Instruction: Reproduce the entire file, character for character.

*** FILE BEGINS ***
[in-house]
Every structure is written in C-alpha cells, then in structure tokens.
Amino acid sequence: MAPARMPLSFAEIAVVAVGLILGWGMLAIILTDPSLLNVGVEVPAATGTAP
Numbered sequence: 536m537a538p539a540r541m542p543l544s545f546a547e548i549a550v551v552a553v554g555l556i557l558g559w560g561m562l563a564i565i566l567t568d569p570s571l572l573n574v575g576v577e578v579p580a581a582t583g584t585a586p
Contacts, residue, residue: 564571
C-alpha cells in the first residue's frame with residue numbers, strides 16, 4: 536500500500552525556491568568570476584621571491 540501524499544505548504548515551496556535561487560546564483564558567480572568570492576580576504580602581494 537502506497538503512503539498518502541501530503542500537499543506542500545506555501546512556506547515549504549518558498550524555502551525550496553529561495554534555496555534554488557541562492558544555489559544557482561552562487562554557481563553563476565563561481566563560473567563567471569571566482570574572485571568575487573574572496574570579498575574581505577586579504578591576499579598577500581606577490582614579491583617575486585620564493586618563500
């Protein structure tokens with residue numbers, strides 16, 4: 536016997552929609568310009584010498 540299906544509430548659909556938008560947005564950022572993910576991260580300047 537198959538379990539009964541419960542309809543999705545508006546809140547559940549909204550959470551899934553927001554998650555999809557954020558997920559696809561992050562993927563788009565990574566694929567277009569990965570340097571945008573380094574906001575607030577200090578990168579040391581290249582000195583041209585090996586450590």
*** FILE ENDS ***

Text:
[in-house]
Every structure is written in C-alpha cells, then in structure tokens.
Amino acid sequence: MAPARMPLSFAEIAVVAVGLILGWGMLAIILTDPSLLNVGVEVPAATGTAP
Numbered sequence: 536m537a538p539a540r541m542p543l544s545f546a547e548i549a550v551v552a553v554g555l556i557l558g559w560g561m562l563a564i565i566l567t568d569p570s571l572l573n574v575g576v577e578v579p580a581a582t583g584t585a586p
Contacts, residue, residue: 564571
C-alpha cells in the first residue's frame with residue numbers, strides 16, 4: 536500500500552525556491568568570476584621571491 540501524499544505548504548515551496556535561487560546564483564558567480572568570492576580576504580602581494 537502506497538503512503539498518502541501530503542500537499543506542500545506555501546512556506547515549504549518558498550524555502551525550496553529561495554534555496555534554488557541562492558544555489559544557482561552562487562554557481563553563476565563561481566563560473567563567471569571566482570574572485571568575487573574572496574570579498575574581505577586579504578591576499579598577500581606577490582614579491583617575486585620564493586618563500
């Protein structure tokens with residue numbers, strides 16, 4: 536016997552929609568310009584010498 540299906544509430548659909556938008560947005564950022572993910576991260580300047 537198959538379990539009964541419960542309809543999705545508006546809140547559940549909204550959470551899934553927001554998650555999809557954020558997920559696809561992050562993927563788009565990574566694929567277009569990965570340097571945008573380094574906001575607030577200090578990168579040391581290249582000195583041209585090996586450590």